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  1. #21
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    I assume these formulas are for a vehicle that stays stuck?

    If the snatched vehicle starts moving the force on the rope diminishes?
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  2. #22
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    you decelerate the recovery vehicle. If the stuck vehicle comes out it diminishes the force on the rope
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  3. #23
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    I saw these ropes/straps are specified in kg's?, Joules and kg is not the same thing, as you indicated.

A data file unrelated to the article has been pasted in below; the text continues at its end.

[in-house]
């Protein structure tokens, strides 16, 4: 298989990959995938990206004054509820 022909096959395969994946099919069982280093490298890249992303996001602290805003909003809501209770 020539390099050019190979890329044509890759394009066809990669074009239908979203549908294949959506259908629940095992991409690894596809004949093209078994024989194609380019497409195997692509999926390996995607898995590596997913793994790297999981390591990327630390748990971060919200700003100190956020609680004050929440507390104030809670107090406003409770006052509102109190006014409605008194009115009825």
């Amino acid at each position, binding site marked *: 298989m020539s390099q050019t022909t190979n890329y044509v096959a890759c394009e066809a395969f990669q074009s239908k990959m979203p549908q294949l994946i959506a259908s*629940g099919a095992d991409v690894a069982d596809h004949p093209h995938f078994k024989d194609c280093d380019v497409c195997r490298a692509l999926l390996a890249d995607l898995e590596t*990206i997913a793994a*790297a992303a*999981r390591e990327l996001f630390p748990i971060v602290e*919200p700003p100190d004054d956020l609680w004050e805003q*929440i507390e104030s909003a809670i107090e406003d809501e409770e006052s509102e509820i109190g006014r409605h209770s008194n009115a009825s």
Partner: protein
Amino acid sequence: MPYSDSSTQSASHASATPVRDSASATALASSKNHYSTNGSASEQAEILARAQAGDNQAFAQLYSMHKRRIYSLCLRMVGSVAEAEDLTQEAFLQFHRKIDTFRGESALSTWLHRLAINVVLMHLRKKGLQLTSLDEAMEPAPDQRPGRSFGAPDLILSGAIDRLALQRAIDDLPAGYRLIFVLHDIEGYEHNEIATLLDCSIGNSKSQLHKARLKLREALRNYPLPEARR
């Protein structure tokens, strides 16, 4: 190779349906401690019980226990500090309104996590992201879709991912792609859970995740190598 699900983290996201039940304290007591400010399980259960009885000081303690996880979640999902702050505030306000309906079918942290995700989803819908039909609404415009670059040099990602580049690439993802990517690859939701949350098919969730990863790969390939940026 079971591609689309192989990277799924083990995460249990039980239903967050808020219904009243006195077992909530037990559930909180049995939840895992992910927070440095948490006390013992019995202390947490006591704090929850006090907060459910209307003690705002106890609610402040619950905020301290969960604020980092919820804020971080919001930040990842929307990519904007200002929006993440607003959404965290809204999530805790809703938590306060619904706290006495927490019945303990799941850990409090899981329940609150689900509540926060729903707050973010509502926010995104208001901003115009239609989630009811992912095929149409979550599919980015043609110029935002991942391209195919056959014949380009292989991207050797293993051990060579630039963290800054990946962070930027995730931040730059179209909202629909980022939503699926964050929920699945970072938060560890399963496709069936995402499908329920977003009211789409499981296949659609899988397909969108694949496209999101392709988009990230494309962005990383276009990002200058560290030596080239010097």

Johan Kriel

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    It seems to me that the principles of conservation of momentum are more applicable in this case than conservation of energy. Consider that during a snatch, the snatch strap acts as a spring and nothing will happen until the strap is fully stretched out. A short duration impulsive force proportional to the rate of change of momentum will then be applied to the entire system. At that point, one of three things will happen:
    1. Something breaks
    2. The momentum in the system is transferred to the snatched vehicle which then becomes unstuck
    3. The snatching vehicle goes backwards at the same rate as it initially went forward (not a pleasant experience).

    If this is so, the amount of kinetic energy in the strap is limited to the stretched out condition and will not continue indefinitely as implied in the above calculations.

  5. #25